These are our new "lie flat" J class seats. One small complaint, some don't like the "individuality." I know one thing, it's cut down on the "mile high" memberships.
However, I'm told if there is a will there is a way. ...ahem...
All of our overseas aircraft (except three leased B767s) have been "XMd" (modified)
The next three photos are compliments of "Erik" who works for AC in FRA. As an employee we sometimes get to capitalize on these seats but stipulations come with the luxury.
Hungry? One of the perks of my job is "left overs!" Although we domestic pilots don't see the elaborate display compared to the international flights. Having said that, we do get to capitalize on cookies and ice cream. Just last night on a Calgary turn I had to make a tough decision. At first I declined everything. (I have a medical this month and with it will come blood work. I know they will mention about my triglycerides) But eventually I caved and requested an oatmeal raison cookie. It's tough being a captain and making decisions like that! :)
I would like to thank everyone for submitting questions for my enRoute aviation column. The column has become very popular and if I had a dollar every time someone told me it's the first thing they turn to, I'd be a happy guy!
I started with enRoute in May 1998 and to this day I am amazed it's lasted this long. I'm always waiting for that... "Dear Doug" email.
I haven't missed a beat with only two of my articles shelved for reasons I won't mention. (It was the time when I wrote a full page on a topic) Here's one question (since we went to the question/answer format) which eventually was shelved, but I think it's a great question. I'm certain the person who sent this, has many more great questions. :)
So the question went like this...
What is the origin of "J" for business class?Business class evolved in the late seventies. But “B” already existed in the computer reservation system so “C” was next in line. British Airways launched its “club class” but went a step further to “super club” which needed another letter so “J” came to being for business class. At the time, Air Canada used a similar reservation system and adopted the “J” to denote “business/executive class.” Although no first class exists at Air Canada, we pilots jest our vantage points are first class.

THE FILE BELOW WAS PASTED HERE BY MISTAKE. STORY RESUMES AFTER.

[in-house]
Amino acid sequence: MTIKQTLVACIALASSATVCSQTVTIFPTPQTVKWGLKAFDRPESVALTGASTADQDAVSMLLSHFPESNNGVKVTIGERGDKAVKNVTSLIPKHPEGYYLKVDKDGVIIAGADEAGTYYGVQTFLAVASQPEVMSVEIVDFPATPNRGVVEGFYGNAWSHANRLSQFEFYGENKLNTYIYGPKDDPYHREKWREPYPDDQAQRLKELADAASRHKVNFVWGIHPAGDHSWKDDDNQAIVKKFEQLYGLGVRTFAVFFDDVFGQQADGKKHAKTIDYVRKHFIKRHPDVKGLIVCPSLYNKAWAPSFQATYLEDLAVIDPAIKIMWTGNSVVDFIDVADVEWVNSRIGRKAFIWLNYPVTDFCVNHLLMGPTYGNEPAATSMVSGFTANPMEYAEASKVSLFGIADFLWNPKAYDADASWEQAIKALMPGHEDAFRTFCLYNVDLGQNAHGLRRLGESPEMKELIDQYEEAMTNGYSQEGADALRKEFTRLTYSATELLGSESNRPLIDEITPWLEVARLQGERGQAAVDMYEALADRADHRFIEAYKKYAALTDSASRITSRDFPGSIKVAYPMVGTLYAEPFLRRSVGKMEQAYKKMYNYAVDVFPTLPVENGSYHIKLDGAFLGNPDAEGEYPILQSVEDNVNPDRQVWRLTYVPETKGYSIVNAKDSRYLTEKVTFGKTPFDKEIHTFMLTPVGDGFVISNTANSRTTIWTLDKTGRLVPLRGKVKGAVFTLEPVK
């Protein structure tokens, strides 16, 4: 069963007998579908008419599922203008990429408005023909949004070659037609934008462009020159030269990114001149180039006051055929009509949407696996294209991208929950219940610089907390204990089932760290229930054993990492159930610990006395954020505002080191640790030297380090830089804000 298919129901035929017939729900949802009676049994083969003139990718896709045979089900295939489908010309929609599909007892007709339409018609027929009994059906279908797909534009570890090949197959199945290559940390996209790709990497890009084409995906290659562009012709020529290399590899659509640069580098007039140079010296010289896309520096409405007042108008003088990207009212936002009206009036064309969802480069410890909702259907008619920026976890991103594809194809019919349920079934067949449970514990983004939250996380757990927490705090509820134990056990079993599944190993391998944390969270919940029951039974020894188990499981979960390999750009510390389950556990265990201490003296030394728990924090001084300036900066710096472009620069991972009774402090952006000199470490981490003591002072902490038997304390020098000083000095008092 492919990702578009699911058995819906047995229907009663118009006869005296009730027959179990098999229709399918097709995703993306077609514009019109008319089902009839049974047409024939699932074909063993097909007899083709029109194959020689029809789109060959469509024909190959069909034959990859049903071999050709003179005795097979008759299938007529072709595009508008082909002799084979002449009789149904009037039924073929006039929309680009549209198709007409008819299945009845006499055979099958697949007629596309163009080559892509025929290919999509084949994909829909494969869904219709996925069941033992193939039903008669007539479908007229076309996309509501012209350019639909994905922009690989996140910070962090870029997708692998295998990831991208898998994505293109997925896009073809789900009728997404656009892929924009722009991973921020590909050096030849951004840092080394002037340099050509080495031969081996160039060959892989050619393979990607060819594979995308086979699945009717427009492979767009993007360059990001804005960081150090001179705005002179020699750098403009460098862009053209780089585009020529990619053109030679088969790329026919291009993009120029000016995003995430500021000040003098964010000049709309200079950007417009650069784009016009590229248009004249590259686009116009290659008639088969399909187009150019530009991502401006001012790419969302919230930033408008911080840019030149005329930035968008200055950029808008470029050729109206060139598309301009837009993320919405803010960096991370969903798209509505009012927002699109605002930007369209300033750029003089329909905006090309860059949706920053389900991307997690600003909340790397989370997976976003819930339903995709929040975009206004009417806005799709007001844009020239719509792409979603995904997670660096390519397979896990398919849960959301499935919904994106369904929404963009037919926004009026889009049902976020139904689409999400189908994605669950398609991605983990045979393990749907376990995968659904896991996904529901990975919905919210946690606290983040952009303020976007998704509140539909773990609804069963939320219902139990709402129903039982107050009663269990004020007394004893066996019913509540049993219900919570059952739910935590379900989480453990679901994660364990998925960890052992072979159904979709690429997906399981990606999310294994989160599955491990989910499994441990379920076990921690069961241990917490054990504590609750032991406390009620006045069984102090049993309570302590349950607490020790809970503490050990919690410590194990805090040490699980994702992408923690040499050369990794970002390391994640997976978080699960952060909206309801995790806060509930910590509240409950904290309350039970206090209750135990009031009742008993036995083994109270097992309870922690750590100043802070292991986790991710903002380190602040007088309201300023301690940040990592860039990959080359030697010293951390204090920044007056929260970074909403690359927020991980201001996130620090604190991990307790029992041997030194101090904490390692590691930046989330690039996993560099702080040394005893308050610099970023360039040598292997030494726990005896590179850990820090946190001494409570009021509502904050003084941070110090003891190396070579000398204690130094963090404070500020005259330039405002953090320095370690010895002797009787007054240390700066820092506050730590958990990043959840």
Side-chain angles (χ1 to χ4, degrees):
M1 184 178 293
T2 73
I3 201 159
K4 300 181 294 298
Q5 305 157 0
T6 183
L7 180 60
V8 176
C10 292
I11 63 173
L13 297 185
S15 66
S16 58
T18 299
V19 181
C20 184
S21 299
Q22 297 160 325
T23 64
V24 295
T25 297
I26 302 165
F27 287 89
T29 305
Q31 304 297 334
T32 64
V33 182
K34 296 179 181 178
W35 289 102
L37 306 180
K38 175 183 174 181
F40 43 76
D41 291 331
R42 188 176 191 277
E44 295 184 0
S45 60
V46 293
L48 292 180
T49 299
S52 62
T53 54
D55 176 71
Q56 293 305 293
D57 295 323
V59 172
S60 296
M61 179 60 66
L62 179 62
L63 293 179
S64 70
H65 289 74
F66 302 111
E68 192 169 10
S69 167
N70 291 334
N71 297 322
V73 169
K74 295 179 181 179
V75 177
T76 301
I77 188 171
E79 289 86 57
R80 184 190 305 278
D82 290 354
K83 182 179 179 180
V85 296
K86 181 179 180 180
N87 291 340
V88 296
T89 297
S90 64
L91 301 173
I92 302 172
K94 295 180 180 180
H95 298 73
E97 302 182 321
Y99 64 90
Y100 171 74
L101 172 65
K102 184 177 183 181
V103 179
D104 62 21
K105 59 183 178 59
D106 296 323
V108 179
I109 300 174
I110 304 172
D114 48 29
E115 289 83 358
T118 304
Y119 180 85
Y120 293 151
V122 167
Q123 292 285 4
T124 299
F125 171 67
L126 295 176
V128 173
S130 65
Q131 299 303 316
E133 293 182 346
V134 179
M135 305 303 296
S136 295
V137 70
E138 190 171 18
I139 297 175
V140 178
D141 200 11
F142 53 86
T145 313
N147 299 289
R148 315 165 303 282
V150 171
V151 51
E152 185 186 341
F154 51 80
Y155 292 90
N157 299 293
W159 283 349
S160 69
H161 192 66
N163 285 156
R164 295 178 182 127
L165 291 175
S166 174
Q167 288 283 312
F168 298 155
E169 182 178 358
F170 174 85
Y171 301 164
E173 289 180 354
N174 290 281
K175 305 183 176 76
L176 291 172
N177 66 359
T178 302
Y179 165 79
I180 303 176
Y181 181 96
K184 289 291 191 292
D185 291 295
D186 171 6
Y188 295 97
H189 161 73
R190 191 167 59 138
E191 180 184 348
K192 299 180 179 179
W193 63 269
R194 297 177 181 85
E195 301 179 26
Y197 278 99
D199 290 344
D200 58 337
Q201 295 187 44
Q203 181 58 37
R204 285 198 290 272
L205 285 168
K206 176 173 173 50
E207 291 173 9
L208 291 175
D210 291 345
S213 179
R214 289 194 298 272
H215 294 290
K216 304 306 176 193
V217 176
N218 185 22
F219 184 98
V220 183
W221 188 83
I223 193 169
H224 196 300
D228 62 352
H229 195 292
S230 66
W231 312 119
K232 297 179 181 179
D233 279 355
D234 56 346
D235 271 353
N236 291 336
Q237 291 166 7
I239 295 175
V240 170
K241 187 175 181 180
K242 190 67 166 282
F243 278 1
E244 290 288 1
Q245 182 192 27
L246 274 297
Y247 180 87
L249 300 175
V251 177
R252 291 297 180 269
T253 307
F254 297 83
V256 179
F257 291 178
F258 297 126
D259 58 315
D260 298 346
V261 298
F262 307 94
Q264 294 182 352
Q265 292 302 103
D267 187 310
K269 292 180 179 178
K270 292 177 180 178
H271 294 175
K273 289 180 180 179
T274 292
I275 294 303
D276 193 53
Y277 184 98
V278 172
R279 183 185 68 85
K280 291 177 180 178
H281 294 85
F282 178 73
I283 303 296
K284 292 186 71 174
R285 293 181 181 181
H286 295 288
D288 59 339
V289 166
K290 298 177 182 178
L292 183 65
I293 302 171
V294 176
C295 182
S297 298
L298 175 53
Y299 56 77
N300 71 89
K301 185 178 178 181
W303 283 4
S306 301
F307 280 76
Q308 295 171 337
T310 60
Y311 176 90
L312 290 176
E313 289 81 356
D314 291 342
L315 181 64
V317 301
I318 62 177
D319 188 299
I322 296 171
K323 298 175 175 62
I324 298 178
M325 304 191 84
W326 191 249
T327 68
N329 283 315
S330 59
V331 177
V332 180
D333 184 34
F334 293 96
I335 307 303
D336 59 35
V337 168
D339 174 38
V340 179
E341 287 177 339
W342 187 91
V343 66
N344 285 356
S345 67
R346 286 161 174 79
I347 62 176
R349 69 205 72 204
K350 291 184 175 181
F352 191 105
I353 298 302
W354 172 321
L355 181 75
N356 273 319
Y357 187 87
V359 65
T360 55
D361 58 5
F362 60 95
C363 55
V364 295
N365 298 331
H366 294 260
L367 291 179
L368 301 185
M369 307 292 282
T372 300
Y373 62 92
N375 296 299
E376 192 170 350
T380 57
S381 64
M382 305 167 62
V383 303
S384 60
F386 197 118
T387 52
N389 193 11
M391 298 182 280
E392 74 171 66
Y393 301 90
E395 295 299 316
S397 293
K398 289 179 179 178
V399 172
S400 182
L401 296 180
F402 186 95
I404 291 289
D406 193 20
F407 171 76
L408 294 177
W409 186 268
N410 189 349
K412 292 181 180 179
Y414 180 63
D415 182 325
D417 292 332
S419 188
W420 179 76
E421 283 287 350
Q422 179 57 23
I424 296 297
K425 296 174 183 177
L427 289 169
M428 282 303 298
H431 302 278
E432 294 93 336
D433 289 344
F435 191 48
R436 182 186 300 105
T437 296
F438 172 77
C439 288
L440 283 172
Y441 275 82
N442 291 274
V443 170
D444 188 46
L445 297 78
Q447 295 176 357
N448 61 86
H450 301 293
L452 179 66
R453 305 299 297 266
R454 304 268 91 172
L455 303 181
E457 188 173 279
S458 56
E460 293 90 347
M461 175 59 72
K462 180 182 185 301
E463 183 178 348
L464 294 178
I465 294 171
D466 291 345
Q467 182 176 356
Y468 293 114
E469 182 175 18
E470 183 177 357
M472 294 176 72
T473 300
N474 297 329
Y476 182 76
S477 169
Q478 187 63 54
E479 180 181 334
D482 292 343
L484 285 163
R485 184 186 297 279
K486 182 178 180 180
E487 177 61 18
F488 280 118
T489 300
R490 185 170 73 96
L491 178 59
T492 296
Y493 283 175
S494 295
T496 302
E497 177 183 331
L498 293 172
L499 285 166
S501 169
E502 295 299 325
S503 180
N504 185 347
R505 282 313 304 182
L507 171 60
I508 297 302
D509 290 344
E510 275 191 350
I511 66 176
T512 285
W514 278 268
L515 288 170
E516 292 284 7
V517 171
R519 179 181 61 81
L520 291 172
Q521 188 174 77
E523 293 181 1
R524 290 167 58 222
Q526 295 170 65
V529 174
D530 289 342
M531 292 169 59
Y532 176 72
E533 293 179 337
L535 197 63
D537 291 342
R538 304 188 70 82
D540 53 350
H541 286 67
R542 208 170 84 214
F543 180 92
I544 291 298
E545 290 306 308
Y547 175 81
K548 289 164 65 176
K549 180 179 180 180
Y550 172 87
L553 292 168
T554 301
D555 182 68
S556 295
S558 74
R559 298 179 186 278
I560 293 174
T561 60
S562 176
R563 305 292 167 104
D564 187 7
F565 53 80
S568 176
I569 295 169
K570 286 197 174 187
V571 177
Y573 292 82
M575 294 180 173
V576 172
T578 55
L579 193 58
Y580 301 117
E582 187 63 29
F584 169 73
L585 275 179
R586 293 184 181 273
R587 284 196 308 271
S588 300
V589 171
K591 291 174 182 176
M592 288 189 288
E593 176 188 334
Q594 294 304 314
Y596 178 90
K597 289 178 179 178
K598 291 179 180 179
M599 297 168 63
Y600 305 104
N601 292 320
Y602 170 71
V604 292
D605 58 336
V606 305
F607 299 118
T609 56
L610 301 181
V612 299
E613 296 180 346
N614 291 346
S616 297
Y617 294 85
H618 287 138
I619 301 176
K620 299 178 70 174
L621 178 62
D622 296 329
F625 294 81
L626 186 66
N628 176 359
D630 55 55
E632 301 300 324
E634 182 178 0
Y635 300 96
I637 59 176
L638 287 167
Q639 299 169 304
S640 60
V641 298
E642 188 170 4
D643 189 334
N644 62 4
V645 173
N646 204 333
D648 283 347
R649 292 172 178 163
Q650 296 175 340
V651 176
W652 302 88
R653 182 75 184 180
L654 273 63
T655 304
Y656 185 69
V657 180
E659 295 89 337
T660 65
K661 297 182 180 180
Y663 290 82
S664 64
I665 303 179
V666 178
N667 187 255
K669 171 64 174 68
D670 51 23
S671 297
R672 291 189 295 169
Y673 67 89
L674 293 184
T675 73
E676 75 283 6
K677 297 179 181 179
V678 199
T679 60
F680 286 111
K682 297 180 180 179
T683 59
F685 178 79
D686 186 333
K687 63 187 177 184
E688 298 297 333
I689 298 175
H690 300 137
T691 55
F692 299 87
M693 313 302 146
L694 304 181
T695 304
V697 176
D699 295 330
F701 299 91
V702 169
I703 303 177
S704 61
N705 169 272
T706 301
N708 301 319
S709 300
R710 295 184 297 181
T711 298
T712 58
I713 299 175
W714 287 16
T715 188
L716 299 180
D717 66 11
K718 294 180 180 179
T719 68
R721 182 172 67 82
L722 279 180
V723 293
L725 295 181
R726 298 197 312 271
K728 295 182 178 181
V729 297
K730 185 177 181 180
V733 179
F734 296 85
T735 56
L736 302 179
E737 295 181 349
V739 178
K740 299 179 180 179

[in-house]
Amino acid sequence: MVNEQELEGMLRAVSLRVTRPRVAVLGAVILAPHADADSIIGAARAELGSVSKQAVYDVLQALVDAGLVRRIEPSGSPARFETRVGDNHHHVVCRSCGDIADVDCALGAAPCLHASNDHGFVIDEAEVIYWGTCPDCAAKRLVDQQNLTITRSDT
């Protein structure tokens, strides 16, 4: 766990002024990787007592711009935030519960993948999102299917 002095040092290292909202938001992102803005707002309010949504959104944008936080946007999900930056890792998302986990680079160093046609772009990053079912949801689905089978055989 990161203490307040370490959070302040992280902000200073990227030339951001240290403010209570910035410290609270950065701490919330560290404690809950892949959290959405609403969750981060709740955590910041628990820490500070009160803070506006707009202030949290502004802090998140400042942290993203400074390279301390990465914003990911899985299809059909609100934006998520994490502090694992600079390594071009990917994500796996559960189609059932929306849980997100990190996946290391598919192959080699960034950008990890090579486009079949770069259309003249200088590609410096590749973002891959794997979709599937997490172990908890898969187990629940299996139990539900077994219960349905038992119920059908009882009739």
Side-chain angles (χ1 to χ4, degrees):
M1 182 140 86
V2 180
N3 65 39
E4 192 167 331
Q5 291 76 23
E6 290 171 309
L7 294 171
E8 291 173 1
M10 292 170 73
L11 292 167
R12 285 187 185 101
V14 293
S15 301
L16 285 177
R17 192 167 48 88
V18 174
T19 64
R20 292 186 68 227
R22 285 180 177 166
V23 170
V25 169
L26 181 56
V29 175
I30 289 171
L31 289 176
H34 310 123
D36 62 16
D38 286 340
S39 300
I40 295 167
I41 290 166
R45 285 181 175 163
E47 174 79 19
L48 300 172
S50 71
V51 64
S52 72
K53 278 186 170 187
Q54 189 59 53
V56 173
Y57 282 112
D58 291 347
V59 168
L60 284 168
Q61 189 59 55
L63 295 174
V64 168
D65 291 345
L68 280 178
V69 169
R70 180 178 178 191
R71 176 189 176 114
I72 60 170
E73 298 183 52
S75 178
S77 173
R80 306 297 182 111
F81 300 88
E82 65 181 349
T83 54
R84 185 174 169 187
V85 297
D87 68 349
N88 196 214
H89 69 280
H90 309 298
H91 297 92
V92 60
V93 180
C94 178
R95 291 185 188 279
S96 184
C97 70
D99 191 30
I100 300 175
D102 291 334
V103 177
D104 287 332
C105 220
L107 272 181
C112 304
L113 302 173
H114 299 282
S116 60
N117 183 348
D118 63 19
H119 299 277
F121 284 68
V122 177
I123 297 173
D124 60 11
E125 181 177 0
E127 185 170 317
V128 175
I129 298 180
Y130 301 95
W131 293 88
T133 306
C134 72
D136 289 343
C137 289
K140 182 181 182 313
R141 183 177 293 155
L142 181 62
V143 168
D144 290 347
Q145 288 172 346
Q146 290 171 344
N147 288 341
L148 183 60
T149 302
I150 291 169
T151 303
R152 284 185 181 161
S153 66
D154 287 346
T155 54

I only have ninety words which includes the question and the answer.
So here's more info in case you are wondering why.
Incidentally, I ran into a fellow in the gym and he mentioned he flew to Athens, Greece on our B767. He said he sat in a "W" class seat. I did some investigation and sure enough we have three 767s with premium seating (W) dedicated on this route and a few others.
A= First class discounted
B= Economy full fare
C= Full fare business (club)
D= Business class discounted
E= Premium economy code
F= Full fare first class
G= Special discount
H= Standard fare
I= Business class discounted
"J" = Full fare business class
P = First Class (some airlines use this code for Business class. Jet Airways India, for instance) R = First Class Suites (currently only Airbus 380, and formerly Supersonic Concorde), (a lowercase "n" after any class code indicates Night Service)
Business class codes C, J, D, I, Z On many airlines, C or J indicate full fare business class, whereas discounted and thus restricted and typically non-upgradeable fares are represented by D, I or Z.
The codes in short: C, J = Full-fare Business Class, D, I, Z = Business Class
Economy class codes Full fare: Y, B Standard fare: M, H Special or discount fares: G, K, L, N, O, Q, S, T, U, V, W, X On most airlines, unrestricted economy ticket is booked as a Y fare. Full fare tickets with restrictions on travel dates, refunds, or advance reservations are commonly classed as B, H, or M, although some airlines may use H, V, or others. Heavily discounted fares, commonly O, T or X, will not permit cabin upgrades, refunds, or reservation changes, may restrict frequent flyer program eligibility, and/or impose other restrictions. Other fare codes such as X are restricted for use by consolidators, group charters, or travel industry professionals. However on some airlines W or X is used for frequent flier program award redemptions. Airlines that offer premium economy cabins have also specified certain codes for fares in the upgraded economy cabin, which are usually S (which in this case often stands for 'Supercomfort'), W, or E. Premium economy codes: E, H, K, O, U, W, T